Do You Put a Personal Loan on Your Income Tax?

Personal Loan Income Tax

Do You Put a Personal Loan on Your Income Tax?

When you’re in need of money to cover an emergency obligation, you usually don’t think about how that will affect taxes. At the moment, you’re focused on fixing your car or paying for your loved one’s operation.

However, many people forget about taxes even when they take out personal loans for less pressing concerns like consolidating their debt or paying for their wedding.

It’s only when April begins to roll around that they start worrying about whether or not they’ll need to pay a personal loan income tax.

Is There a Personal Loan Income Tax?

The good news is that, no, you don’t need to pay an income tax on your personal loan. Even if the loan was for $100,000 or more, it wouldn’t count as income, so it wouldn’t incur a tax.

In fact, this goes for any type of lending. Income taxes don’t affect loans of any kind, period.

While there have been certain court cases wherein it was decided that a loan was actually being used as a form of compensation, those are incredibly rare. If you’re taking out a standard personal loan, this isn’t a very realistic risk.

The One Exception Everyone Forgets About

That being said, there is a major exception that could require you to report a personal loan on your income tax forms. This is extremely important to understand because many people don’t understand this and end up in trouble with the IRS unnecessarily.

Cancellation of Debt

There may be any number of reasons a borrower receives a reprieve from having to pay back the amount they own to a lender. 

If that is granted to a debtor, any proceeds associated with the loan are going to be classified as cancellation of debt (COD) income by the IRS. As income, it will be taxed. The taxable amount only refers to the portion that was forgiven, though. If the borrower already paid back, say, half the loan, the proceeds from that would be tax-exempt.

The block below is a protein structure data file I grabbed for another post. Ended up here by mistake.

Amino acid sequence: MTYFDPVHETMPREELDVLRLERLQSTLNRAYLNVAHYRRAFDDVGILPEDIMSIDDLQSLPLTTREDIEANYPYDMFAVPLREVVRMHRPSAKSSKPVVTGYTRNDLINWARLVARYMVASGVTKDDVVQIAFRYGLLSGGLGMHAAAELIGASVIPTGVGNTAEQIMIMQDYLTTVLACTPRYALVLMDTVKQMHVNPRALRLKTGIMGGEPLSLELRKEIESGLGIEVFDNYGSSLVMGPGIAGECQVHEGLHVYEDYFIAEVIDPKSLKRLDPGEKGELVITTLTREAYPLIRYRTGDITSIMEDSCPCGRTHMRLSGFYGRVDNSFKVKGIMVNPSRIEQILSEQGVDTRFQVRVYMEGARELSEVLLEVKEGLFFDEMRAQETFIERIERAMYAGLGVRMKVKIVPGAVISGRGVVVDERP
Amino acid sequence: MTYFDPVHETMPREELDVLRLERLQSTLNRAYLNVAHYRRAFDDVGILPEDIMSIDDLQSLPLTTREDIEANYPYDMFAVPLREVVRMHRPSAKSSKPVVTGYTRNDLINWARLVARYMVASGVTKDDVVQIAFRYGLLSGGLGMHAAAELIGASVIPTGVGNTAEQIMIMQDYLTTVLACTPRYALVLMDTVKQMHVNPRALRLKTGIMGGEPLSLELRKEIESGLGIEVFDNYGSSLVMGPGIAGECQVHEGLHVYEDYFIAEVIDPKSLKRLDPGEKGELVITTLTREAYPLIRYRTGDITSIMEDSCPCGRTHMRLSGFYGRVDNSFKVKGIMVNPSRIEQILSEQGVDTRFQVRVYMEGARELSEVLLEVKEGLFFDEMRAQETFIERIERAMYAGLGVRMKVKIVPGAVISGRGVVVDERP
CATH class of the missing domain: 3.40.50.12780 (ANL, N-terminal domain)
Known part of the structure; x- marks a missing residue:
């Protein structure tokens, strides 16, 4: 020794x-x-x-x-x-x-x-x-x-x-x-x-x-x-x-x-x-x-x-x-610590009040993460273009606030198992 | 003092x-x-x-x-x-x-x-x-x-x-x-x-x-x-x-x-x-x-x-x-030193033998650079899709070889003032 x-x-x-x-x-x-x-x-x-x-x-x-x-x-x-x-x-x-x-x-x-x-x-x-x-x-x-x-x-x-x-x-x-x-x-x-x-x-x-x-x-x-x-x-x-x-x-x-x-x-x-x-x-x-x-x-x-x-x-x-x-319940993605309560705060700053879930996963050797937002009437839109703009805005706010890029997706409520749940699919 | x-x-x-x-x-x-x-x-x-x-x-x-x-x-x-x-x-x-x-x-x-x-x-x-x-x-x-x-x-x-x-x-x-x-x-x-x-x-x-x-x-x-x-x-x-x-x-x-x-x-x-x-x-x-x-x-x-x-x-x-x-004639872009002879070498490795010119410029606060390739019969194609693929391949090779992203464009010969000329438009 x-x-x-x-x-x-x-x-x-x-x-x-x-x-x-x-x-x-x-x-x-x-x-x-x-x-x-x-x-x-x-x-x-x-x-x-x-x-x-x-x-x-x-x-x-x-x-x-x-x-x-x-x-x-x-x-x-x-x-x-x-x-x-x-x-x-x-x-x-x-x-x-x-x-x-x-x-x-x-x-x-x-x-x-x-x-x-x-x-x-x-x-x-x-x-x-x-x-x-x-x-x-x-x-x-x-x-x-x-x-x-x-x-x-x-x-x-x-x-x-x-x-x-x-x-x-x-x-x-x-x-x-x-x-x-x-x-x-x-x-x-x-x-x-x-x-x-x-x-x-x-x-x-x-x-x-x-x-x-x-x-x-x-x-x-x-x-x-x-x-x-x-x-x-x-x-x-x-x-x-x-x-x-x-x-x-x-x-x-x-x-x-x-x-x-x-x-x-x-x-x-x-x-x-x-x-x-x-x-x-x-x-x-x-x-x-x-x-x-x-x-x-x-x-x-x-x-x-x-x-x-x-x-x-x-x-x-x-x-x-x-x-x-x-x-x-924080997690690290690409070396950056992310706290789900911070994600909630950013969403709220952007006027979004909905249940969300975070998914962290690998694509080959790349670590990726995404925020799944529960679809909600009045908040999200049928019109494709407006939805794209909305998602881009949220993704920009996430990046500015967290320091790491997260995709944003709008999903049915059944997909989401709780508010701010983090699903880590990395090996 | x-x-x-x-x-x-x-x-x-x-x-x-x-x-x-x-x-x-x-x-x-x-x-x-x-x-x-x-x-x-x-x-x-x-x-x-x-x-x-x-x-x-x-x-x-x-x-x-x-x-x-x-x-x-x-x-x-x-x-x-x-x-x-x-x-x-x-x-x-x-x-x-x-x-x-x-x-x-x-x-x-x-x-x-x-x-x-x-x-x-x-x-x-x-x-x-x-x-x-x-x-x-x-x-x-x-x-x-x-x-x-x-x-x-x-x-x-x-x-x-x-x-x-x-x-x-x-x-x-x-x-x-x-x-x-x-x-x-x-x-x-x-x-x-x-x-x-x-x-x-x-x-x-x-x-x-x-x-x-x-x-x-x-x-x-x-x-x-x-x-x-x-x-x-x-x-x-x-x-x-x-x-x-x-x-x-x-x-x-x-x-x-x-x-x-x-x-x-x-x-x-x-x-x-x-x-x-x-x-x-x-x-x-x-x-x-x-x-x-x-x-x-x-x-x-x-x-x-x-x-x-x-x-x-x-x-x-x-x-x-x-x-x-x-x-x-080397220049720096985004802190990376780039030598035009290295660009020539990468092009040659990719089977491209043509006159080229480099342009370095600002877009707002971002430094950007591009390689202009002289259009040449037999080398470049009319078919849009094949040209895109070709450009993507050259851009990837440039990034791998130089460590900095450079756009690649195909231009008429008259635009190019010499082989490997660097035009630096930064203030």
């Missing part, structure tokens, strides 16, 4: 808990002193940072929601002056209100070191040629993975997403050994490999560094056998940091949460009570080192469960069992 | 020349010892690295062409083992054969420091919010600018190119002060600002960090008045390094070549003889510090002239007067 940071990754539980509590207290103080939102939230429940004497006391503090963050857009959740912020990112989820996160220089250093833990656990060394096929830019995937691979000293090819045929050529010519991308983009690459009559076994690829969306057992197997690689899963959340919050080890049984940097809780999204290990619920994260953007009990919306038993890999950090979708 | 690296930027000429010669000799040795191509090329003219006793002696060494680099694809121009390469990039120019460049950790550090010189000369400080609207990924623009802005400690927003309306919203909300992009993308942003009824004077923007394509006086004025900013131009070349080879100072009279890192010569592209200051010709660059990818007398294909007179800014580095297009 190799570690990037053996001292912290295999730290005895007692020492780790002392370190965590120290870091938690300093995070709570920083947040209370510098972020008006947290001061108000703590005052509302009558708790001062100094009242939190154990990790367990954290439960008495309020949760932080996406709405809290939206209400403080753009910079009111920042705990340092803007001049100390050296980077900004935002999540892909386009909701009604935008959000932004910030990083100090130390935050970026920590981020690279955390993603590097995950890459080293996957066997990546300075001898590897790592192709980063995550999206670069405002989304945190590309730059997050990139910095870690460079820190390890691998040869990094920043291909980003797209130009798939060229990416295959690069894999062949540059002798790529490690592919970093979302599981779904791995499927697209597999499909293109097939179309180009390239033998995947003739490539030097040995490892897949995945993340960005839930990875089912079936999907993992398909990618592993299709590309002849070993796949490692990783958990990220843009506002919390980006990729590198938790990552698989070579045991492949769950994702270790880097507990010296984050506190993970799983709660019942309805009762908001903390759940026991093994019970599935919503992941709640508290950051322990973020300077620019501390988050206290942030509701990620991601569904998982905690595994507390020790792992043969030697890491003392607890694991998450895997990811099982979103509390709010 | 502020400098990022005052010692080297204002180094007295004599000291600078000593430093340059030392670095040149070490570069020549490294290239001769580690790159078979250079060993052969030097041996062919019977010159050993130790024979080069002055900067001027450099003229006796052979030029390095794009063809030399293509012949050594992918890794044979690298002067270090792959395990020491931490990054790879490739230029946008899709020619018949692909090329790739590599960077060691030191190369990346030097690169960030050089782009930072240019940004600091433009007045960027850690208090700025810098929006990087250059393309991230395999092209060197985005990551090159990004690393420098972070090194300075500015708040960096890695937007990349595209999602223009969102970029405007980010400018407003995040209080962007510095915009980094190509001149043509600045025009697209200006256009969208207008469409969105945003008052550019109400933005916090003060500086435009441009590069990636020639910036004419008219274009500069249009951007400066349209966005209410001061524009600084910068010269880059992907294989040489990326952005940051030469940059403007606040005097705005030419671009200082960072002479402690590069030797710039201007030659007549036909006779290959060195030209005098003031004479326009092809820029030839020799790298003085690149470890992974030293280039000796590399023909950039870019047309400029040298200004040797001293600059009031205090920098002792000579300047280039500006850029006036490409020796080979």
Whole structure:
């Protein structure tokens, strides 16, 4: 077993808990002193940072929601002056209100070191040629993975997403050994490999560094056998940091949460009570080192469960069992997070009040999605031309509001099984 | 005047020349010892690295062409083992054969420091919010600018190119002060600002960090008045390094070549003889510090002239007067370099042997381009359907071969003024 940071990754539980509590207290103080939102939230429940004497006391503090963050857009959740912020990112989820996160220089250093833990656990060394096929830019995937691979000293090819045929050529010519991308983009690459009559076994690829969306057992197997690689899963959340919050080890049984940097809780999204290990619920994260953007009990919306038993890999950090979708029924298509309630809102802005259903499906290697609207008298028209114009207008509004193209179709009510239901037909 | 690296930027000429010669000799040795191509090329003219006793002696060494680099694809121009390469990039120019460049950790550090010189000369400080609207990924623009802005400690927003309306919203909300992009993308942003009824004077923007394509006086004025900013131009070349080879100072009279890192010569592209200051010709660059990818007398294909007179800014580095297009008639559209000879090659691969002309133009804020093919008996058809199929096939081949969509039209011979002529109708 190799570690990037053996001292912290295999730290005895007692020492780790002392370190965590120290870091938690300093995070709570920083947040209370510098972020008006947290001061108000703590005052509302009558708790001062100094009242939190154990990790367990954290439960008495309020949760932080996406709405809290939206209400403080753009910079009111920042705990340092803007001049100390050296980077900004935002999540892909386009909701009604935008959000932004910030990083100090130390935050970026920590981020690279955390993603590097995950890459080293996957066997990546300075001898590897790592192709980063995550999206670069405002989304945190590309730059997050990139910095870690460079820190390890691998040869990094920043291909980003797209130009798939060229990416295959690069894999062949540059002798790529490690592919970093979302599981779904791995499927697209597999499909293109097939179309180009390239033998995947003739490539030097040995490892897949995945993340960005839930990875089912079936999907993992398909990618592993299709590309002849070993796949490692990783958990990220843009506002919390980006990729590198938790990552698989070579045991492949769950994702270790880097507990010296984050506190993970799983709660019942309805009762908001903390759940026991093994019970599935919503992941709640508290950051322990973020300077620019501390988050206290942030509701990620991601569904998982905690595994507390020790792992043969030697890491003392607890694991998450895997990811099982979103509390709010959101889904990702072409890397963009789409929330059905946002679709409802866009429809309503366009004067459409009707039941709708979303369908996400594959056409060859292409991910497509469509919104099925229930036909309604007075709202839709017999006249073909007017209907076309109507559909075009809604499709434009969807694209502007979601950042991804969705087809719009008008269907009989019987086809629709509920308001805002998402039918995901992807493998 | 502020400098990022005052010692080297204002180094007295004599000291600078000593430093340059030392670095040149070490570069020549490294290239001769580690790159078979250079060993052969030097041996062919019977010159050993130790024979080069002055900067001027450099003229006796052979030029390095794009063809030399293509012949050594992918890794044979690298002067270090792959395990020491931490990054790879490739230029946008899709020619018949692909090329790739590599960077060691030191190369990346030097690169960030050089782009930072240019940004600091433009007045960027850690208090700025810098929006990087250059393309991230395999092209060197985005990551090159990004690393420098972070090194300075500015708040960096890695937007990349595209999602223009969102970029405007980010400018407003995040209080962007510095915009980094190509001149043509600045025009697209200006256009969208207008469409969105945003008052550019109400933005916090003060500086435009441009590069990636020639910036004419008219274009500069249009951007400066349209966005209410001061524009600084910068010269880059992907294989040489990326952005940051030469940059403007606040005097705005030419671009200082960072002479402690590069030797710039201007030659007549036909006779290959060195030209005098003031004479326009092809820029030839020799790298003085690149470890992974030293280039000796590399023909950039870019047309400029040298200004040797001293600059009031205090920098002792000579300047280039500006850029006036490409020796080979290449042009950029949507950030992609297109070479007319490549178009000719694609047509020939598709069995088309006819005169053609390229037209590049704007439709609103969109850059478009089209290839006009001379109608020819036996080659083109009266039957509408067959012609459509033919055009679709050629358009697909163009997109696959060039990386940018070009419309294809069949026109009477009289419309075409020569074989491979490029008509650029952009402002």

Unfortunately, this isn’t always so straightforward.

For example, if the loan is forgiven by a private lender and treated as a gift, then it’s no longer income and no longer taxed as such.

However, if the gift amount forgiven exceeds $13,000 in a given year, that total is subtracted from the gift tax’s $1 million lifetime exemption.

If the debt is cancelled because the lender passes away, that wouldn’t qualify as income, either.

Discharging Debt

There is also the matter of discharging debt.

If a loan is discharged due to a bankruptcy, it doesn’t count as income. This also applies to insolvency status.

Other Factors to Consider When Taking Out a Personal Loan

There are a number of benefits that come from securing personal loans, but that doesn’t mean you don’t need to be careful when considering one.

While it isn’t treated as taxable income, here are three factors you need to think about, so it doesn’t become more of a burden than a blessing later on.

1. How Much You Actually Need

You can spend a personal loan on anything you want, so make sure you’re borrowing the amount you need.

If you’re not entirely sure how much your expenditures will require, consider taking out a bit more. You can always use the excess amount toward your first payment.

2. How Long You’ll Need to Repay It

While it might be nice to give yourself plenty of breathing room when repaying your loan, just know that the longer the repayment period, the more you’re going to end up paying because of interest. A more aggressive repayment period will mean the loan costs you less.

Use a repayment calculator to figure out what kind of schedule will work best for you.

3. Hidden Terms

Finally, keep an eye out for hidden terms. Generally speaking, you want a fixed-rate loan as these offer the most consistent repayment process without any surprises. 

The Easy Path to a Personal Loan

You will find the entire personal loan process can be accomplished online.

Just visit
. If approved you can receive up to $4,000.